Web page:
Is ‘Bubble or Bust’ the Only Future For the Tech Industry?

(Photo by Richard Heathcote/Getty Images)

Richard Heathcote/Getty Images

Creative and innovative tech startups often seem promising. With hopes that these businesses will under-promise and over-deliver — just like many tech companies did back in the dot-com glory days — some investors jump on the opportunity to get a piece of the action.

But things are different now, and while many of these startups are great ideas, a great idea doesn’t guarantee long-term success. Technological advances have fostered an environment where competitors can easily enter and insert themselves right into the middle of the game board. Even if you have the king in check, the game isn’t even close to over.

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Uber vs. Lyft

In case you haven’t heard, Uber and Lyft are both services that provide users with transportation. If you need a ride from point A to point B, you can simply go onto the app and buy it. Like a taxi, the cost of the trip is determined by the distance travelled and time taken. Quick, convenient, and creative, the business had an estimated 79,000 new signups per week as of late last year.

Uber generated roughly $20 million in revenues each week around that time period, according to Business Insider estimates. These days, CNN reports the company is worth around $18.2 billion — more than Campbell’s, Mattel, or Hertz. Uber even entered into a partnership with MasterCard. On the surface, things seem to be looking up for the rapidly growing ride provider.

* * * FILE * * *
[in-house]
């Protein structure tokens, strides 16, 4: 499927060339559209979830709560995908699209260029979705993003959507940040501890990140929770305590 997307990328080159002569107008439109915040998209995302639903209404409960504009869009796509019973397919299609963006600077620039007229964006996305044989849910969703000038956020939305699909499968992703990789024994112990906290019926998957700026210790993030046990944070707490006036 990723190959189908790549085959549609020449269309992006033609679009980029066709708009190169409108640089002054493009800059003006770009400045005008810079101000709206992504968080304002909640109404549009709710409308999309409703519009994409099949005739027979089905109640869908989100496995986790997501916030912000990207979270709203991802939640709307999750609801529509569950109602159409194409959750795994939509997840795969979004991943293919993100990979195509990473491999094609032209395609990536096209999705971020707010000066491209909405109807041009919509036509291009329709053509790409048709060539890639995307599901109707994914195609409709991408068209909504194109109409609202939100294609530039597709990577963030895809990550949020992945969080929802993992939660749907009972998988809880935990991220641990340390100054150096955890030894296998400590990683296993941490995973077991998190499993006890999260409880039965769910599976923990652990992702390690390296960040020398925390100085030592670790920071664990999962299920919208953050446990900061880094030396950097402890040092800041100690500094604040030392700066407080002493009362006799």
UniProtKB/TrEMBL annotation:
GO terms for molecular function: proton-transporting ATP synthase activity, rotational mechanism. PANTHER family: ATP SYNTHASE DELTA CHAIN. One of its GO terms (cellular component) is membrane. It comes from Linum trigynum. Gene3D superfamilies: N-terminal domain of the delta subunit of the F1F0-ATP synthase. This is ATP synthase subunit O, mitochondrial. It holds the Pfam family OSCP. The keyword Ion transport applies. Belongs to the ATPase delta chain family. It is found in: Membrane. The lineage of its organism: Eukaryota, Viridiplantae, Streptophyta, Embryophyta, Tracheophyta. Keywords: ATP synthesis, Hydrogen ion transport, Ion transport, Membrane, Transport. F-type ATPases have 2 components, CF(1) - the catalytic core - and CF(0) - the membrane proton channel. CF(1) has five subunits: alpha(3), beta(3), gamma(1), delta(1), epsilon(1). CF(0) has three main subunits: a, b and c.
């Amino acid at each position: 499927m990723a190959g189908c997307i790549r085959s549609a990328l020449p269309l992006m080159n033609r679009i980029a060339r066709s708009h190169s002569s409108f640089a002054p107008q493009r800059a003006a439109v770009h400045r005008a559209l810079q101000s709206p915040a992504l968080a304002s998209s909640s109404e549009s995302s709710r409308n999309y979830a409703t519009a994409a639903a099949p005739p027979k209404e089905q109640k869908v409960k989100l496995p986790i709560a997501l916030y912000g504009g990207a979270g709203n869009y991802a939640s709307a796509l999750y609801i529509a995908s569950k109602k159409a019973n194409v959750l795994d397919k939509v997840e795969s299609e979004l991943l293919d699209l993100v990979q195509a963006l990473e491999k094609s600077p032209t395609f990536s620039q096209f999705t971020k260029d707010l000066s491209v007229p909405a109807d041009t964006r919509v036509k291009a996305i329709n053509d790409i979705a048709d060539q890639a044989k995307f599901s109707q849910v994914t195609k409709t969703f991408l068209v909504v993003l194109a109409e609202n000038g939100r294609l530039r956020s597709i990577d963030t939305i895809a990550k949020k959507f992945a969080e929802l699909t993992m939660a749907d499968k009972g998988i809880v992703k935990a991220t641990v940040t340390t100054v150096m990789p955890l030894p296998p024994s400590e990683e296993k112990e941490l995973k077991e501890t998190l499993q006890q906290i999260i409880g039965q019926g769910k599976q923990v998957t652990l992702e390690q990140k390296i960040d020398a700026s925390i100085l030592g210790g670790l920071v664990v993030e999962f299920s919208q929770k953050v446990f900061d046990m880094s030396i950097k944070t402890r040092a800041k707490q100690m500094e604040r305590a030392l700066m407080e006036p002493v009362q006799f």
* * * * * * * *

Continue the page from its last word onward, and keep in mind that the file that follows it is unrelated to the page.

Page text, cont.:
There are a few problems with Uber, though. Costs for drivers, insurance, and marketing are relatively high for an online business. The business continuously has the challenging task of meeting customer demand — it has to have enough drivers to provide all of these rides. Legal challenges face the ride company, as State legislatures may view it as a taxi company instead of a tech company — two types of businesses that operate under different rules. Of course, another problem Uber faces is competition from similar services — particularly Lyft.

According to one estimate by Tech Crunch, there was a time in 2013 when Lyft’s revenues were growing at a rate of 6 percent per week. Lyft provides virtually the same service as Uber. Sure, the two companies have some distinguishing features, but all in all, one could serve as a substitute for the other. In the Uber vs. Lyft business battle, news reports portray Uber as a dirty player — you know, that guy that will continue to foul you in a ball game because he’s afraid to lose?

According to CNN, the multi-billion dollar company’s employees have been playing taxi ding dong ditch with Lyft employees, calling for rides they don’t really need to create a rift in daily operations. “Uber employees have ordered and canceled more than 5,000 rides from rival Lyft since last October, according to new data provided by Lyft,” reports CNN, who says the company has since apologized.